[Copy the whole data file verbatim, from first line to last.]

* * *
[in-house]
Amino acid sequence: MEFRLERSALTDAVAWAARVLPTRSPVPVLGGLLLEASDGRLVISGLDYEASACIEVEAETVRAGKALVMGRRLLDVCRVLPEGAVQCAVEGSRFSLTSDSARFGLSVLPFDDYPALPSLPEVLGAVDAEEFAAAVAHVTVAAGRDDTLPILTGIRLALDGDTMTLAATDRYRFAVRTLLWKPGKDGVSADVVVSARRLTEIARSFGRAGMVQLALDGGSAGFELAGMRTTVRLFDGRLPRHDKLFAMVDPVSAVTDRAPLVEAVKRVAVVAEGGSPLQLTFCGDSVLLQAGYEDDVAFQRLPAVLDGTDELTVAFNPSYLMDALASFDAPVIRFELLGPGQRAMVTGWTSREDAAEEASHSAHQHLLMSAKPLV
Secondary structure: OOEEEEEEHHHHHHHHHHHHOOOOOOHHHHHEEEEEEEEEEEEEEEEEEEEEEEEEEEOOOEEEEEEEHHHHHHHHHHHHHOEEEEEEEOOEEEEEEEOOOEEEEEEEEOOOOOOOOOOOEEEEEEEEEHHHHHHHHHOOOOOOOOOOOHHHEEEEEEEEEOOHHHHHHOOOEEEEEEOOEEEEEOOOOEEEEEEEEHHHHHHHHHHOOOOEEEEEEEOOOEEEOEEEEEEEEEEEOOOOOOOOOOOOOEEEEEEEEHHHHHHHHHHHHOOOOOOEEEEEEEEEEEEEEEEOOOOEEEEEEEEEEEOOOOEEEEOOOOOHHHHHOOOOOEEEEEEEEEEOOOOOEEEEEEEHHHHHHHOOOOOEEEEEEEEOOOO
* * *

[in-house]
Amino acid sequence: MEFRLERSALTDAVAWAARVLPTRSPVPVLGGLLLEASDGRLVISGLDYEASACIEVEAETVRAGKALVMGRRLLDVCRVLPEGAVQCAVEGSRFSLTSDSARFGLSVLPFDDYPALPSLPEVLGAVDAEEFAAAVAHVTVAAGRDDTLPILTGIRLALDGDTMTLAATDRYRFAVRTLLWKPGKDGVSADVVVSARRLTEIARSFGRAGMVQLALDGGSAGFELAGMRTTVRLFDGRLPRHDKLFAMVDPVSAVTDRAPLVEAVKRVAVVAEGGSPLQLTFCGDSVLLQAGYEDDVAFQRLPAVLDGTDELTVAFNPSYLMDALASFDAPVIRFELLGPGQRAMVTGWTSREDAAEEASHSAHQHLLMSAKPLV
Secondary structure: OOEEEEEEHHHHHHHHHHHHOOOOOOHHHHHEEEEEEEEEEEEEEEEEEEEEEEEEEEOOOEEEEEEEHHHHHHHHHHHHHOEEEEEEEOOEEEEEEEOOOEEEEEEEEOOOOOOOOOOOEEEEEEEEEHHHHHHHHHOOOOOOOOOOOHHHEEEEEEEEEOOHHHHHHOOOEEEEEEOOEEEEEOOOOEEEEEEEEHHHHHHHHHHOOOOEEEEEEEOOOEEEOEEEEEEEEEEEOOOOOOOOOOOOOEEEEEEEEHHHHHHHHHHHHOOOOOOEEEEEEEEEEEEEEEEOOOOEEEEEEEEEEEOOOOEEEEOOOOOHHHHHOOOOOEEEEEEEEEEOOOOOEEEEEEEHHHHHHHOOOOOEEEEEEEEOOOO